In addition to being formed using the various substrate arrangements shown in FIGS. 3(A) through 3(C), the CAM circuits of the present invention can be formed using any CAM array type, or utilizing any combination of memory technologies, as set forth in the following examples.

FIG. 4 is a simplified circuit diagram showing portions of a binary CAM circuit 100A in accordance with a first specific embodiment of the present invention. Consistent with generalized CAM circuit 100 (shown in FIG. 2), CAM circuit 100A includes a DRAM RAM array (device) 110A, and an SRAM CAM array (device) 120A that are connected by a data bus 401. Portions of CAM circuit 100A that are not required for explanatory purposes are omitted for brevity.

Referring to the right side of FIG. 4, DRAM array 110A includes an array of conventional DRAM memory cells 115A (one shown) that are arranged in rows and columns (as shown in FIG. 2). Each DRAM memory cell 115A includes a transistor T1 having a gate terminal connected to an associated word line (e.g., word line WL1) which is controlled by address circuit 112 (see FIG. 2), a first terminal connected to an associated bit line (e.g., bit line B1), and a second terminal connected to a signal source (e.g., VCC/2 or ground). Data values written to each DRAM memory cell 115A are stored at a storage node n1, which includes a capacitor (indicated by dashed parallel plates) that is formed between the second terminal of transistor T1 and the signal source for temporarily storing the data value according to known DRAM techniques.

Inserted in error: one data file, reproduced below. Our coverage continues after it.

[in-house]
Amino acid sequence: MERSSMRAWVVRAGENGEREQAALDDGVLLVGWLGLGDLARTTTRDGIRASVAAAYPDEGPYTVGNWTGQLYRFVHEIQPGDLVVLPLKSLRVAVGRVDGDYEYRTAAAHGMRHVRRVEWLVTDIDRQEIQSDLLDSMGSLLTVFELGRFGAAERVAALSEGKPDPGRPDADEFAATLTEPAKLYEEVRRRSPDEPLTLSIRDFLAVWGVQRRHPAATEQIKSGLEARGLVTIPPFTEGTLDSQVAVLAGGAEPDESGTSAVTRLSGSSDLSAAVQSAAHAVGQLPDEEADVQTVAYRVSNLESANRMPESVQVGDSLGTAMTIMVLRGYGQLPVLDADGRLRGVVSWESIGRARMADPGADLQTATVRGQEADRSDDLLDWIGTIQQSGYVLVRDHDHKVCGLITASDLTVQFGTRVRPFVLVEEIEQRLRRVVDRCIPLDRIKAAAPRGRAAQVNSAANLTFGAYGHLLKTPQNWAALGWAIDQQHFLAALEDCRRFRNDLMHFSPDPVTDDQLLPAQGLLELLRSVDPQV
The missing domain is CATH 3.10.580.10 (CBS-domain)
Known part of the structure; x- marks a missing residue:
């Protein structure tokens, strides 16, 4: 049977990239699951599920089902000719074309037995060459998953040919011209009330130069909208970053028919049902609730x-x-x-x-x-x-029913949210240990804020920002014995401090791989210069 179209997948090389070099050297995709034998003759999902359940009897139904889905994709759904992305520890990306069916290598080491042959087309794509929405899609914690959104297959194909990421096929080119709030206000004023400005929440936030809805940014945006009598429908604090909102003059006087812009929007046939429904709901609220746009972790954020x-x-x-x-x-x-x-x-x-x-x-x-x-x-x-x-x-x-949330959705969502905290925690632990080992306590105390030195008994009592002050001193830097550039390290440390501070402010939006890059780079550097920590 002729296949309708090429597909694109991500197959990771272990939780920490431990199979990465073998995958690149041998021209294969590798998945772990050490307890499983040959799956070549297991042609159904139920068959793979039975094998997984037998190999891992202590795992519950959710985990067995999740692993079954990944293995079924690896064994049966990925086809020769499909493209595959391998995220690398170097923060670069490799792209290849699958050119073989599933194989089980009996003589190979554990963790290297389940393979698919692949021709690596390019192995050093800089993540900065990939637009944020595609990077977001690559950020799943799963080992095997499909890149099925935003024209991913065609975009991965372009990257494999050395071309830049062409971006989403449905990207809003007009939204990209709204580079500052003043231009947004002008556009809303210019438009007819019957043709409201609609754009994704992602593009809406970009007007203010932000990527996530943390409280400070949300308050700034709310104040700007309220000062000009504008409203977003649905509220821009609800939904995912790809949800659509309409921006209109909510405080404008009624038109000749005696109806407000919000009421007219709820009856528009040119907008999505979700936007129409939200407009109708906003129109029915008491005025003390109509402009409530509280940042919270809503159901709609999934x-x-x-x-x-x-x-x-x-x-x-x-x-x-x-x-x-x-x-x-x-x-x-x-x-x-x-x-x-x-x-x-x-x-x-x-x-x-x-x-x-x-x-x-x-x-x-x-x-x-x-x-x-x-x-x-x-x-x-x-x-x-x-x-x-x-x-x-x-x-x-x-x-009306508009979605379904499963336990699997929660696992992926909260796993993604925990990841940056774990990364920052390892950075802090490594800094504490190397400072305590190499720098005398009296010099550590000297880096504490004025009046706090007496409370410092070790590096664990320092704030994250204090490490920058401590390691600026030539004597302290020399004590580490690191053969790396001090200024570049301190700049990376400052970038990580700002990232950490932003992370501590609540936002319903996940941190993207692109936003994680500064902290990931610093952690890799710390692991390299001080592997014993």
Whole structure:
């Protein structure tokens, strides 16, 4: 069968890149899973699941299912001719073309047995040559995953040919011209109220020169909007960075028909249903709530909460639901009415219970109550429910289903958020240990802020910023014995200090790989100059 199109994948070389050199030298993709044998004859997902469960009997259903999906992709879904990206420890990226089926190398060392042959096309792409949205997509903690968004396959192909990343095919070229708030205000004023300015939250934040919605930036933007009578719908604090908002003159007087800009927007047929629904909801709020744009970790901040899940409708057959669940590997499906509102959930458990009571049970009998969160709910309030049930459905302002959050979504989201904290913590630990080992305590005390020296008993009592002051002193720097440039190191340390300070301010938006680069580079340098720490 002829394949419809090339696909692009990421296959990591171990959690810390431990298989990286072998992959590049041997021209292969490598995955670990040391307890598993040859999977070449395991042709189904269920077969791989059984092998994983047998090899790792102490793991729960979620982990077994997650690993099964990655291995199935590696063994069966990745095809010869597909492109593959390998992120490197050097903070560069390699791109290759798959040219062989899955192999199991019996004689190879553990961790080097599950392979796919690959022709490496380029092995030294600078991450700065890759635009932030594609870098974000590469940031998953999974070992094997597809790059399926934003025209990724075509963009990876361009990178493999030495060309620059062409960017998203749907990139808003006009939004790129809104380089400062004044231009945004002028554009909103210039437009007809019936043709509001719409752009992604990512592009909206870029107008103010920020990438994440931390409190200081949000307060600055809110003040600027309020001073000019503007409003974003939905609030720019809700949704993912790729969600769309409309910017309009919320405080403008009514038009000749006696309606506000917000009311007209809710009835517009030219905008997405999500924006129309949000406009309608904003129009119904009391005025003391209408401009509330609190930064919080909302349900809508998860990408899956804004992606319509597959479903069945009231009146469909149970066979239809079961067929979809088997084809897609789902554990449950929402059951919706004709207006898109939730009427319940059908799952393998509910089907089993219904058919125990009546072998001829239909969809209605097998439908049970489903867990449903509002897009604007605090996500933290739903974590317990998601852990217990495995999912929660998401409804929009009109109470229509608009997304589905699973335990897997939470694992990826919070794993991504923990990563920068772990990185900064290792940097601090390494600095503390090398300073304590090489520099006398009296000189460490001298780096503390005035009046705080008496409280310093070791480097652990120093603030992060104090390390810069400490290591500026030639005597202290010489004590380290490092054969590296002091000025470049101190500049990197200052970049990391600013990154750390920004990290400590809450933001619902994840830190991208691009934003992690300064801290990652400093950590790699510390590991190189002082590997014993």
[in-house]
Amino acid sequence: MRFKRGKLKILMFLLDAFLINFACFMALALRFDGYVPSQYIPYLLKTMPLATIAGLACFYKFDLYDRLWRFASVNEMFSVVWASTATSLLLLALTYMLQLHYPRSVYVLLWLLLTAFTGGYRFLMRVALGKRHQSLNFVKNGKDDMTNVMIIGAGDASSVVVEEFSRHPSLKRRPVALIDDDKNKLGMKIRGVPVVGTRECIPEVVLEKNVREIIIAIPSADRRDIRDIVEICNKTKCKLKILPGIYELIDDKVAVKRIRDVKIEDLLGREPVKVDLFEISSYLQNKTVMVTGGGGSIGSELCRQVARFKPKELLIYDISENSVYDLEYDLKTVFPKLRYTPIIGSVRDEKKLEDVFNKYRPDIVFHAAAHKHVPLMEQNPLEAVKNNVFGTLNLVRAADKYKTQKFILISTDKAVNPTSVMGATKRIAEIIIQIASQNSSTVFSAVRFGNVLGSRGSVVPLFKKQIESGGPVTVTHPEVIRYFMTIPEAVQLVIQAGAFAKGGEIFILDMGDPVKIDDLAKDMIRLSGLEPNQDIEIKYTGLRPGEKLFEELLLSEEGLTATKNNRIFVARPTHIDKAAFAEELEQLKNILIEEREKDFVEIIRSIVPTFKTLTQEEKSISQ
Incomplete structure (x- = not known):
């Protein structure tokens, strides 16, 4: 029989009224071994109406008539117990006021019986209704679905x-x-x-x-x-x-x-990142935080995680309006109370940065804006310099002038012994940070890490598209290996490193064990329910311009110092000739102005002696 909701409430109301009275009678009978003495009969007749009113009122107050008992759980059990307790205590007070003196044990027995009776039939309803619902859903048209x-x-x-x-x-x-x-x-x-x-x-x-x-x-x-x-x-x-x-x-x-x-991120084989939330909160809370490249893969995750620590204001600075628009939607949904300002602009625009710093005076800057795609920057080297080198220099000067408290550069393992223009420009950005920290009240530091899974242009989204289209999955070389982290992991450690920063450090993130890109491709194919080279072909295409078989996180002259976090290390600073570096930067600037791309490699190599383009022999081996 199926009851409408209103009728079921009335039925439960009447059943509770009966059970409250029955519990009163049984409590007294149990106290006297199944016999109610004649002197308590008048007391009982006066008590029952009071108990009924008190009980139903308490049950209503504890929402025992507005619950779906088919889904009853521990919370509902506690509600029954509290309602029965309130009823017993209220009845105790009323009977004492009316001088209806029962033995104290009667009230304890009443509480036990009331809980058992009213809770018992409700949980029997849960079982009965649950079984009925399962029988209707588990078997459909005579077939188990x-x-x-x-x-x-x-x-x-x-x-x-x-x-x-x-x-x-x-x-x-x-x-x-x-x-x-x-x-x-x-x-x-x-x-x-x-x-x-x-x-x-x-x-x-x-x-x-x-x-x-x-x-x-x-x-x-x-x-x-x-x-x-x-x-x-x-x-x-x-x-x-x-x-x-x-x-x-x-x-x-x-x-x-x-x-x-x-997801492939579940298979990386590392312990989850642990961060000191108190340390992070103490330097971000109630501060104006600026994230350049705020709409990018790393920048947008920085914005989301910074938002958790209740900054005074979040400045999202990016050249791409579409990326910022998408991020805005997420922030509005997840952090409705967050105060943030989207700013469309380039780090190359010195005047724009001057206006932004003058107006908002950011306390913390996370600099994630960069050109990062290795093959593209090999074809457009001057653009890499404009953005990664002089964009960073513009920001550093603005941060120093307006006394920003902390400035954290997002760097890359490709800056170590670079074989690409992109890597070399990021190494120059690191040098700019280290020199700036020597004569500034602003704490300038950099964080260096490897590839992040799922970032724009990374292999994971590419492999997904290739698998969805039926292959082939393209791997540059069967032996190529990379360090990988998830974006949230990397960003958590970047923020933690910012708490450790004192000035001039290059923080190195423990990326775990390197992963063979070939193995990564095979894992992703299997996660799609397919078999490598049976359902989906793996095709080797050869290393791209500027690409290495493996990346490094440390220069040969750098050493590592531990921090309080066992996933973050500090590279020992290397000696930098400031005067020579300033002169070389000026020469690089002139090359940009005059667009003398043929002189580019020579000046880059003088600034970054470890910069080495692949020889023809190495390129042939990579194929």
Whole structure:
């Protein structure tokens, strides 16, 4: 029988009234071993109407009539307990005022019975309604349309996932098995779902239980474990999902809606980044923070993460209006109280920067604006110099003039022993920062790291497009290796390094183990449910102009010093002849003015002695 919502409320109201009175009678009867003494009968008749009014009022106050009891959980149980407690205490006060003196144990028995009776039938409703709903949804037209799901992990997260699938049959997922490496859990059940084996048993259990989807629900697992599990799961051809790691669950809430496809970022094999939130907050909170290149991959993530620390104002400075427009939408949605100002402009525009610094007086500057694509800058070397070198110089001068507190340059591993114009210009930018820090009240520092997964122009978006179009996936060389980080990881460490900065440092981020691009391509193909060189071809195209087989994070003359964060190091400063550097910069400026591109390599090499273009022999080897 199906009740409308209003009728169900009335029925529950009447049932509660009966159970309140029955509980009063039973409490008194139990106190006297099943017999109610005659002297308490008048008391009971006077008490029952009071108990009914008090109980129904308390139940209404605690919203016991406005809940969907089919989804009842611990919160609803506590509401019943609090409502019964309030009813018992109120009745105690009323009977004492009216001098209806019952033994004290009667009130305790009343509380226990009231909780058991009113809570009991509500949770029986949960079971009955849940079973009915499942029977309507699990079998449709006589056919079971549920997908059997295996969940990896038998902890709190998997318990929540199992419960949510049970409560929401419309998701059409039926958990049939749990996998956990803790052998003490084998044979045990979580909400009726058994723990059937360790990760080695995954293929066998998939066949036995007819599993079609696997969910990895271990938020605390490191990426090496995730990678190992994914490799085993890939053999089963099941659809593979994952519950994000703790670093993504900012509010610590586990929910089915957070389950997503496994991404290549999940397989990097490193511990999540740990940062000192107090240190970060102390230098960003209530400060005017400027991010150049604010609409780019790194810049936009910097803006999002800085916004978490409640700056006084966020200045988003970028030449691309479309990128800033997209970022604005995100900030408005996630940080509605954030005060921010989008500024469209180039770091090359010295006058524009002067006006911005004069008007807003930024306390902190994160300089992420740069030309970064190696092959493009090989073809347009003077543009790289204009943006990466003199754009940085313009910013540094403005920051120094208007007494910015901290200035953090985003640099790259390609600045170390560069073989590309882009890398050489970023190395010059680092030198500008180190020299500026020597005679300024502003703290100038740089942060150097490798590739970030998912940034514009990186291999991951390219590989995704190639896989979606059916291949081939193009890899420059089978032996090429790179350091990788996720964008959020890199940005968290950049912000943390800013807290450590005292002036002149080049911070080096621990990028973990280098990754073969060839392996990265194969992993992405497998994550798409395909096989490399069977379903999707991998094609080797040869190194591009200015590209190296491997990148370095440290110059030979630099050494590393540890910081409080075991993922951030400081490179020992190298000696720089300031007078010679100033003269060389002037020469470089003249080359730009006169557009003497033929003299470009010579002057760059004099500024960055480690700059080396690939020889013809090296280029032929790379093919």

Referring to the central portion of FIG. 4, interface circuit 140A includes a sense amplifier 405 that is connected to bit line B1 of DRAM array 110A, a first I/O circuit 410 also provided on DRAM array 110A, and a second I/O circuit 410 provided on DRAM CAM array 120A. Sense amplifier 405 senses the data value stored at node n1 of DRAM memory cell 115A during read operations and during the read phase of the refresh operation in accordance with known techniques. The sense amplifier then amplifies the sensed data value (e.g., to VCC when a logic “1” is detected, or ground/zero volts when a logic “0” is detected), and the amplified sensed data value is passed to I/O circuit 410, which transmits the data value via data bus to I/O circuit 420 and/or to the control circuit (not shown) using known techniques. I/O circuit 420 is coupled to bit line BE of DRAM CAM array 120A.

Referring to the left side of FIG. 4, in addition to I/O circuit 420, SRAM-based CAM array 120A includes an array of SRAM CAM cells 125A (one shown) that are arranged in rows and columns. Each binary CAM cell 125A that includes a bistable flipflop formed by transistors P1, P2, N1, and N2 that is connected by access transistors S1 and S2 to complementary bit lines B and B# (the symbol “#” is used herein to designate complement), and includes a logic (lookup) circuit formed by transistors L1 through L4. The bistable flipflop formed by transistors P1, P2, N1 and N2 stores a data value (bit) according to known techniques. Access transistors S1 and S2 pass data values from bit lines B and B# to the bistable flipflop circuit during write and refresh operations, and the logic circuit formed by transistors L1 through L4 is utilized during lookup (search) operations, as described below.